14 August, 2002
What an interesting day! Things were going well at our new station, West Hanna Shoal 6, until the wind began picking up soon after the pumping ended. A deep low pressure area had settled over us bringing 50 knot (about 55 m.p.h.) winds, steady rain (very unusual), and warmer temperatures (in the low 40's). All CTD work and zooplankton sampling had to be halted before dinner, but we were allowed to continue with our benthic work since we work off the stern of the ship which is somewhat protected in this kind of weather. After our Haps core came up, the multi-core went into the water and we all went to dinner. Since we were planning to take cores from the multi-core (we do this when it is too deep to send down the van Veen grabs), we were all on deck when it came up. By then the captain had closed all forward decks and soon after we were all called in from the stern. We eventually went back out on deck to complete our work, but as soon as we were done, all decks were secured. I'm writing this at 8:45 PM, and no one is allowed out on any deck. The barometer has dropped three more degrees and is still going down. We're also about 24 miles from our next station. It looks like most people will get a good night's sleep!
It's times like these that I realize why I was not an English major. I'm finding it tough to adequately describe what it was like to be on deck. Because we were on the stern and somewhat protected from the direct wind, it was really fun to do our work. We definitely had waves, but the ice in the area helped to keep them from getting too high. We were all in our mustang suits or rain gear and waterproof gloves and boots. I felt like a kid again, playing in the rain and the mud! It took us about an hour and a half to complete our work, and I really enjoyed it. The large chunks of ice that moved by quickly in the high winds were absolutely gorgeous! The waves were crashing over the top of the ice floes which consist of bright white ice layered over the brilliant blue ice underneath. Before we came in, we could start to see the pitching (forward and back movement) of the ship as the stern lowered closer to the water and then rose up again. For the first time, I felt as though I was really on a ship in the middle of the Arctic Ocean. I could feel the ship rolling and pitching in the water; any previous movement had been from the ship breaking ice.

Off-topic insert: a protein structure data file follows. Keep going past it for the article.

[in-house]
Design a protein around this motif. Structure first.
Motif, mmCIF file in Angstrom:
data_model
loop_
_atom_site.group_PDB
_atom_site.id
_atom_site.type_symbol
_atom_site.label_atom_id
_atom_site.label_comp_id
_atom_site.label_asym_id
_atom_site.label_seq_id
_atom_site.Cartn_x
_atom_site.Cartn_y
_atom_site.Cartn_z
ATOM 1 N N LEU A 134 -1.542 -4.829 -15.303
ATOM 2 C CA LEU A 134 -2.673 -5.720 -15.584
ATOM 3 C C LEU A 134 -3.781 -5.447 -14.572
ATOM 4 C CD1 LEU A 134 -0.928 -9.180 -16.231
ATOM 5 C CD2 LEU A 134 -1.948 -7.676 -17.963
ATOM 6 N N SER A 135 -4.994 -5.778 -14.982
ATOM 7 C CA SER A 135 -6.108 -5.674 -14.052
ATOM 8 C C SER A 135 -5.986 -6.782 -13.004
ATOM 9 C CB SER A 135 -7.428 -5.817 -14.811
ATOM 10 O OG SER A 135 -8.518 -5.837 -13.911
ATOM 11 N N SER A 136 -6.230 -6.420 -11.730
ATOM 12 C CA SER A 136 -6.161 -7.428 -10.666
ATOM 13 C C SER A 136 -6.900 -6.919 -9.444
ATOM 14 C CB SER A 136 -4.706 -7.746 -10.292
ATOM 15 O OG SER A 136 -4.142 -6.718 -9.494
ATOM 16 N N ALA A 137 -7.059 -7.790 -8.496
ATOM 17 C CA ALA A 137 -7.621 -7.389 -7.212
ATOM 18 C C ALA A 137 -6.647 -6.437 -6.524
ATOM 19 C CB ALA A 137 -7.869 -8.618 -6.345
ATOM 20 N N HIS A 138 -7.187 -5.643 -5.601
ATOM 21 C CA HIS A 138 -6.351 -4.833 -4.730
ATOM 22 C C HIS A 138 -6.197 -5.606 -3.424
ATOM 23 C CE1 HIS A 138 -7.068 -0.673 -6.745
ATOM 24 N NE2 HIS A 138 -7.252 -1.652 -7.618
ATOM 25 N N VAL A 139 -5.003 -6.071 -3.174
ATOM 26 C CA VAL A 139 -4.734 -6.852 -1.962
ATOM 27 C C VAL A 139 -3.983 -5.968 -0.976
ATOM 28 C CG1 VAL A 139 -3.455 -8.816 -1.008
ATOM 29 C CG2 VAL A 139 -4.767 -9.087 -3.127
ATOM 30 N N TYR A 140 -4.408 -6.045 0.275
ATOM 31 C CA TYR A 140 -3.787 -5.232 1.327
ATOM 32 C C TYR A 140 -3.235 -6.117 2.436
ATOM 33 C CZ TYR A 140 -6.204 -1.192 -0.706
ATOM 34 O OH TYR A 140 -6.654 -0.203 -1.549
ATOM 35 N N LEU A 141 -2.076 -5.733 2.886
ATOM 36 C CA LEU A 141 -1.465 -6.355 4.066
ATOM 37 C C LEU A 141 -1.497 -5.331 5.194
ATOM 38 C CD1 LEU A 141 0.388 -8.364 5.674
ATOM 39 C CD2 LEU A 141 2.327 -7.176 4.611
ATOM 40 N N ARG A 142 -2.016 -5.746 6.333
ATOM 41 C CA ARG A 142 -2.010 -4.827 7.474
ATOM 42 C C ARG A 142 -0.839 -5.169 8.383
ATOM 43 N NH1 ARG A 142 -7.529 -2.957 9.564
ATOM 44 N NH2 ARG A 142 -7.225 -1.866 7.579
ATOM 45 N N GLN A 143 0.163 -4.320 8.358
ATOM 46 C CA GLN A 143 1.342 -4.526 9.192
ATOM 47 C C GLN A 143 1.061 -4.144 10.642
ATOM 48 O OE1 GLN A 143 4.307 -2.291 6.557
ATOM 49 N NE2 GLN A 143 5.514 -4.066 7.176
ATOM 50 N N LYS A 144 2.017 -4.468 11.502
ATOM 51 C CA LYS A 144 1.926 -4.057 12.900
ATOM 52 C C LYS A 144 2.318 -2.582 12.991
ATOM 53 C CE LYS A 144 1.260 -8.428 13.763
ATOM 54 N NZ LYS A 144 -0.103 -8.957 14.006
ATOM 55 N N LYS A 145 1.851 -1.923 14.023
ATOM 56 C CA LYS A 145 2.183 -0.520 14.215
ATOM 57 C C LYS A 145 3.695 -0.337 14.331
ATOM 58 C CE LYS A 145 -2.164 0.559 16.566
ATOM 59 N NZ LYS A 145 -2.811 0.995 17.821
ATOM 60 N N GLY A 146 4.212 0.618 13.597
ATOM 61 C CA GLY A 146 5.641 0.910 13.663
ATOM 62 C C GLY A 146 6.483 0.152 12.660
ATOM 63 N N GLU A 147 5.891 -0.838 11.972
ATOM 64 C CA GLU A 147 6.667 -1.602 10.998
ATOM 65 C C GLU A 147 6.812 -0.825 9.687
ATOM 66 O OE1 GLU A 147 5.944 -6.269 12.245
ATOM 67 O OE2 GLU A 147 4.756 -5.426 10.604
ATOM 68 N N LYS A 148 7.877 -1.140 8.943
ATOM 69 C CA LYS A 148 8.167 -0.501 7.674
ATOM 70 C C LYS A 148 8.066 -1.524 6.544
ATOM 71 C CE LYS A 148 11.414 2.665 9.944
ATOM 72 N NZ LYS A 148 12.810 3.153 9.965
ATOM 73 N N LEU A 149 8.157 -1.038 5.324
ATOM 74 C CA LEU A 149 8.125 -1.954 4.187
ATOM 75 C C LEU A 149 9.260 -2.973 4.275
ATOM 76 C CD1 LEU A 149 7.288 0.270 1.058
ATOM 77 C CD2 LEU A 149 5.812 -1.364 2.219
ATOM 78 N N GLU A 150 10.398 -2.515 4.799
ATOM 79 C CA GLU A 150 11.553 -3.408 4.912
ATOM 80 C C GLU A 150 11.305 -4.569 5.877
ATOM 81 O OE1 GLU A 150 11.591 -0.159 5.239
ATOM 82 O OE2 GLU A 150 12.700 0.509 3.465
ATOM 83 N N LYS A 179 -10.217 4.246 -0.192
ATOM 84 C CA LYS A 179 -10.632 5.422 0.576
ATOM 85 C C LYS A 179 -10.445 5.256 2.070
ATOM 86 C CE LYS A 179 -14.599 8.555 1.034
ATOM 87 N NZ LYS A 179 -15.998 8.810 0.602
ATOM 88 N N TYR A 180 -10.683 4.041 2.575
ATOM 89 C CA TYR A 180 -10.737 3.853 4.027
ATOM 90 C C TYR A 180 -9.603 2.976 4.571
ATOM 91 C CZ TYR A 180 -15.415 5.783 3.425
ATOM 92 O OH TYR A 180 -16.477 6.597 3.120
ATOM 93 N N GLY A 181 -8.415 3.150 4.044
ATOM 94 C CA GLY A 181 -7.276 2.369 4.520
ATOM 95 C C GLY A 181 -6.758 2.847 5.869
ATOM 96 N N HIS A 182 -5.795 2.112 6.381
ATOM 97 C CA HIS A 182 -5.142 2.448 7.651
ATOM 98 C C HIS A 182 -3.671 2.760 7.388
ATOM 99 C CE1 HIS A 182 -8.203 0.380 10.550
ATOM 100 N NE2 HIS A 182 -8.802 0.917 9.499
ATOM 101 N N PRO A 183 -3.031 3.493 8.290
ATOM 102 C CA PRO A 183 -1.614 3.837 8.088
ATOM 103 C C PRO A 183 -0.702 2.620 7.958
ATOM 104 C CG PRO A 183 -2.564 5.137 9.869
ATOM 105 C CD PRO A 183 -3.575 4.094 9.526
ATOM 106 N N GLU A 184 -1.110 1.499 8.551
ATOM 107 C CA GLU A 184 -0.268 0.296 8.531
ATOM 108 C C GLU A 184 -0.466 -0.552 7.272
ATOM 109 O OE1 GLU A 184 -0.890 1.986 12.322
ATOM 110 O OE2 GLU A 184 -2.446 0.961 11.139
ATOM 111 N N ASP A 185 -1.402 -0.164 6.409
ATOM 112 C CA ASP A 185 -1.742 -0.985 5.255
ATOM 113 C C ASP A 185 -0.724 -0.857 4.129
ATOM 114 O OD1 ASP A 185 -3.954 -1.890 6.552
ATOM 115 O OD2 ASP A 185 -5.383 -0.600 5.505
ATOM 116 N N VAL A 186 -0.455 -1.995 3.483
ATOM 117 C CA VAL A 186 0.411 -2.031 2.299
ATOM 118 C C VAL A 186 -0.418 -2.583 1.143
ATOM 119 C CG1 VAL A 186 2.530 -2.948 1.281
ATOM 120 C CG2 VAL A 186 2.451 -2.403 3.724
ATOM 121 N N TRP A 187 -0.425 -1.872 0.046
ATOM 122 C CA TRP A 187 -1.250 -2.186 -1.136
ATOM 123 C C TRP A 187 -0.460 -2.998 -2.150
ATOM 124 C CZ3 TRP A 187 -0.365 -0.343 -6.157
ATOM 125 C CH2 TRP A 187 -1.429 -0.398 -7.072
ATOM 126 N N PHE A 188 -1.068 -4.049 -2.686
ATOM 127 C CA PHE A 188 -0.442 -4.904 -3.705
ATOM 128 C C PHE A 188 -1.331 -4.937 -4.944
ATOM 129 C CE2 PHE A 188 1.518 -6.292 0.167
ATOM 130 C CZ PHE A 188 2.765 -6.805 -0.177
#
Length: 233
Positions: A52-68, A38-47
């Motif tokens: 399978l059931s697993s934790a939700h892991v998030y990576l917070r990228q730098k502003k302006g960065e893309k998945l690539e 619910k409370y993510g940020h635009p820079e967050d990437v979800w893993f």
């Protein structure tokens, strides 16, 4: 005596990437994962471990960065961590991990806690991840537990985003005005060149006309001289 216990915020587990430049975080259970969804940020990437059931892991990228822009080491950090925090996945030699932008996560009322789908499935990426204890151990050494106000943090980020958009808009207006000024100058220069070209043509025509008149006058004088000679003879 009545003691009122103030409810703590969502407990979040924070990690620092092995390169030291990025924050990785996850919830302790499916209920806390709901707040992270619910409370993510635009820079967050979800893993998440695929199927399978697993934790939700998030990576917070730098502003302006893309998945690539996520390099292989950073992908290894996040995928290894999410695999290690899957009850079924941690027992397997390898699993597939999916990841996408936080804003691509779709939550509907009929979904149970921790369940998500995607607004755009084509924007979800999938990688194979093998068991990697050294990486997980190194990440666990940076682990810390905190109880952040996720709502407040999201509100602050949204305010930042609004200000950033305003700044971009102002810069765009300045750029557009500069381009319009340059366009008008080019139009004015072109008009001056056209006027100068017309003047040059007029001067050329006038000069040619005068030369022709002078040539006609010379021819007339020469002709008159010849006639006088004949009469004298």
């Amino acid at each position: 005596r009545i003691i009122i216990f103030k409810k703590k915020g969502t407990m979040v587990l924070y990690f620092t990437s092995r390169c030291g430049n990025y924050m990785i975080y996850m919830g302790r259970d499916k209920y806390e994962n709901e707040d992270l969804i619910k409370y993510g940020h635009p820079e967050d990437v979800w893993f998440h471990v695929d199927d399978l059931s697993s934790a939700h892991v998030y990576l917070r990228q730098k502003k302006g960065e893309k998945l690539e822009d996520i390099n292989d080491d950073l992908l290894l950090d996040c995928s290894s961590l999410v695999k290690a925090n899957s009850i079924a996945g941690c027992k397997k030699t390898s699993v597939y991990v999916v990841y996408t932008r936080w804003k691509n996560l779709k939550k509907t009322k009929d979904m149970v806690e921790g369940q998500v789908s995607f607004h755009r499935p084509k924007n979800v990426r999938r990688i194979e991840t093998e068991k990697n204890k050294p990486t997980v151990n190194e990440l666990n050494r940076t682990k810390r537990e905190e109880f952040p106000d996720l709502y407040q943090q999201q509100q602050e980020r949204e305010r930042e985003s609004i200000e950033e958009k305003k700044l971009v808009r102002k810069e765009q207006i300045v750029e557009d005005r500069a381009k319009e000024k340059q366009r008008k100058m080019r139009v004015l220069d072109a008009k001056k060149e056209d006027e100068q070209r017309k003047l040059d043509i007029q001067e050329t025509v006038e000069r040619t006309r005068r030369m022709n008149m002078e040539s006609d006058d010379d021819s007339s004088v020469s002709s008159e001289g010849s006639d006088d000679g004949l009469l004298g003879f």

Some people have suggested that I include more pictures of myself in my journals. I've taken few outdoor pictures lately because the weather has been so foggy and dark, but I do have two pictures of me taken indoors by others. One relates to my journals which I post every day in the mess. Jennifer Crain has photographed her stuffed moose, Morise, with every person on the ship, and she took my picture with Morise and my posted journals. The second picture was taken when I was fast asleep in the mud room waiting for our core to settle (the water on top must be clear) before we sectioned it. The beanbag is remarkably comfortable when one is sleep deprived! I managed 15 minutes of sleep and I have no recollection of anyone taking my picture!
One final note: I usually post my journals just before the ship sends out e-mail at noon. It's now10:45 AM on the 15th and we can still feel the rolling and pitching of the ship beneath us. The winds died down over night but picked up again this morning. Once again, the only work that can be done is the pumping and the benthic work off the stern. It's simply too rough to take a chance putting other more delicate instruments into the water off the side of the ship.
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